Recording Industry Launches SoundExchange - InformationWeek

InformationWeek is part of the Informa Tech Division of Informa PLC

This site is operated by a business or businesses owned by Informa PLC and all copyright resides with them.Informa PLC's registered office is 5 Howick Place, London SW1P 1WG. Registered in England and Wales. Number 8860726.


Recording Industry Launches SoundExchange

In a development that could ultimately hold implications for the way musicians and copyright owners are compensated for music downloads and file-sharing, the recording industry has launched SoundExchange, a servicing agent that will collect and distribute performance-rights fees on music played over formats such as Internet radio, Webcasts, digital cable, and satellite delivery.

Years in the making, SoundExchange will make its first distribution sometime next year. Once the exhaustive system to manage the administration of performance-rights royalties is fully implemented, copyright owners can expect to receive 50% of the fees, featured artists will get 45%, and nonfeatured artists will divide the remaining 5%. Before it could launch, SoundExchange had to log millions of performances to ensure that it could accurately distribute royalties. Internet radio is expected to be the largest generator of performance-rights royalties under the program.

John Simson, executive director of artist and label relations for SoundExchange, says fees paid voluntarily by digital outlets have been held in limbo while SoundExchange was being developed. Simson says he's hopeful that now that a royalties mechanism is in place, the purveyors of digital downloads and file-sharing services can build on that foundation. "It shows that we can bring some rules to the digital space," Simson says. "Hopefully, that will move into those other areas."

Jupiter Research analyst Aram Sinnreich says the creation of SoundExchange is a positive move that should have an impact on the models being developed for downloads and file-sharing. But Sinnreich says altruism is not the sole motivation behind the creation of SoundExchange. Sinnreich says that as online rights management becomes more sophisticated, allowing sites to pay royalties directly to artists and copyright owners, rights agencies such as the Recording Industry Association of America--a key force in the creation of the SoundExchange--could be left out in the cold. In other words, it was in their best interest to establish themselves as de facto agents. "Any progress toward solidifying this stuff is going to be good for all parties," he says. "But the real winner is the rights agencies who will end up entrenched in the process."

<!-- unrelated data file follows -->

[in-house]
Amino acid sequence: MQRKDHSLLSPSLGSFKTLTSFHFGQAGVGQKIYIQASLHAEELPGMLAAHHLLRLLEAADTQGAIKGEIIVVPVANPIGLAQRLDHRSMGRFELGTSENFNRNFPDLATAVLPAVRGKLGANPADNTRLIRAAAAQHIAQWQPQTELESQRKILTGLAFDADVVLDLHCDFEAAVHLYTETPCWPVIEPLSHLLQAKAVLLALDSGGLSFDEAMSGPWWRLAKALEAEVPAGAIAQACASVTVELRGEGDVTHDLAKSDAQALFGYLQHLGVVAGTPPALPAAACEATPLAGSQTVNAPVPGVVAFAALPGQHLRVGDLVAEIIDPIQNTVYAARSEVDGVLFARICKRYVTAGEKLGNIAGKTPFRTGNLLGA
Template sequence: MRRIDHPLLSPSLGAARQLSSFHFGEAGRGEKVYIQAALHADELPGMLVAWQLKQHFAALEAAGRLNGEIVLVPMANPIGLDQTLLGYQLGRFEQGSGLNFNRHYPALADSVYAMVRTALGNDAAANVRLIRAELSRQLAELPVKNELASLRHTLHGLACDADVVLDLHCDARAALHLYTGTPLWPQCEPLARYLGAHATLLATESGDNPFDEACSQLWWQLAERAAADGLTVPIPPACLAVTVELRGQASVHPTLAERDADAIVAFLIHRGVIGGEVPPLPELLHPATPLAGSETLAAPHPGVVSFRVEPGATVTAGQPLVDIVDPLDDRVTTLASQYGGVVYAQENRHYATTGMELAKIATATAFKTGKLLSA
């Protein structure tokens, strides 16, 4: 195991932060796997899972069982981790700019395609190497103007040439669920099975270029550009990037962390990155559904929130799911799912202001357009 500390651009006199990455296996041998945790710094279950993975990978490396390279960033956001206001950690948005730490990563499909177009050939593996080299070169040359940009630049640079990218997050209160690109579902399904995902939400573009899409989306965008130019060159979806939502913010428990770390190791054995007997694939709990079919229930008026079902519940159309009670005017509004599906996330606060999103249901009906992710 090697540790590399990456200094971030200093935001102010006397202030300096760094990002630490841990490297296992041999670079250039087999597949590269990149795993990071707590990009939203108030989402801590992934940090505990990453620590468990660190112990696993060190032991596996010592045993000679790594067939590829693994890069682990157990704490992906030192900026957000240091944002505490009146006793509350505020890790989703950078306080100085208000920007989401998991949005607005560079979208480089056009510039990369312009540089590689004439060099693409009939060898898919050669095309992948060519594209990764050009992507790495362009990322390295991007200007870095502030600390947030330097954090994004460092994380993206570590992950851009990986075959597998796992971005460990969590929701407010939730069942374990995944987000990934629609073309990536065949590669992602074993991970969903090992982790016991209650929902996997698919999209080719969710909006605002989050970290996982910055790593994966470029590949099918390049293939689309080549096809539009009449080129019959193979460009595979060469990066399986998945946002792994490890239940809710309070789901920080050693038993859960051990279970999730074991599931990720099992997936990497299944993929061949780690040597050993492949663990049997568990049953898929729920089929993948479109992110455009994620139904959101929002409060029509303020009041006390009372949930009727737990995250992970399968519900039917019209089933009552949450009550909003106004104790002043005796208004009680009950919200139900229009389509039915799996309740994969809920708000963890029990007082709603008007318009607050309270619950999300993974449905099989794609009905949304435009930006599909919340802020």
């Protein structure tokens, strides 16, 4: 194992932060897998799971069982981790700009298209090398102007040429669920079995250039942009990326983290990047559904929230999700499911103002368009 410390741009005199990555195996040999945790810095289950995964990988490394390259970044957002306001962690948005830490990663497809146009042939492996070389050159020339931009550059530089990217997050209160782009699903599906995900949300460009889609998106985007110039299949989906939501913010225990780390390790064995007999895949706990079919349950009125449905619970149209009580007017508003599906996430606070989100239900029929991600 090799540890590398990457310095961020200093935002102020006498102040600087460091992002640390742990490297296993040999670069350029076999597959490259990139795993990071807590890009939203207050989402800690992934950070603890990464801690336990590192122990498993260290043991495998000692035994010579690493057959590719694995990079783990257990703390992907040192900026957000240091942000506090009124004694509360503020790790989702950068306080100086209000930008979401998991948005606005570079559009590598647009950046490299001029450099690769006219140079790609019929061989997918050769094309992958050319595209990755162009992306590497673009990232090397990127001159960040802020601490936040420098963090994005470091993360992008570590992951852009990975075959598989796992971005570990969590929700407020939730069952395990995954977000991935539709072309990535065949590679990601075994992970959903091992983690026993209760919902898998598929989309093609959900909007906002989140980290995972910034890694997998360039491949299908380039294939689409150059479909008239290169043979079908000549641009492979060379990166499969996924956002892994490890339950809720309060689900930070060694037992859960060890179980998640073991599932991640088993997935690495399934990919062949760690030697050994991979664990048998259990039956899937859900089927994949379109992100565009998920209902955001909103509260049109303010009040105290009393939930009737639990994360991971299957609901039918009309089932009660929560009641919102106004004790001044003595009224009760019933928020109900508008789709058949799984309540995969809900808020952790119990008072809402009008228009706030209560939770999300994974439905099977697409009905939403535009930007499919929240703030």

We welcome your comments on this topic on our social media channels, or [contact us directly] with questions about the site.
Comment  | 
Print  | 
More Insights
The State of Cloud Computing - Fall 2020
The State of Cloud Computing - Fall 2020
Download this report to compare how cloud usage and spending patterns have changed in 2020, and how respondents think they'll evolve over the next two years.
2021 Outlook: Tackling Cloud Transformation Choices
Joao-Pierre S. Ruth, Senior Writer,  1/4/2021
Enterprise IT Leaders Face Two Paths to AI
Jessica Davis, Senior Editor, Enterprise Apps,  12/23/2020
10 IT Trends to Watch for in 2021
Cynthia Harvey, Freelance Journalist, InformationWeek,  12/22/2020
Register for InformationWeek Newsletters
Current Issue
2021 Top Enterprise IT Trends
We've identified the key trends that are poised to impact the IT landscape in 2021. Find out why they're important and how they will affect you.
White Papers
Twitter Feed
Sponsored Live Streaming Video
Everything You've Been Told About Mobility Is Wrong
Attend this video symposium with Sean Wisdom, Global Director of Mobility Solutions, and learn about how you can harness powerful new products to mobilize your business potential.
Sponsored Video
Flash Poll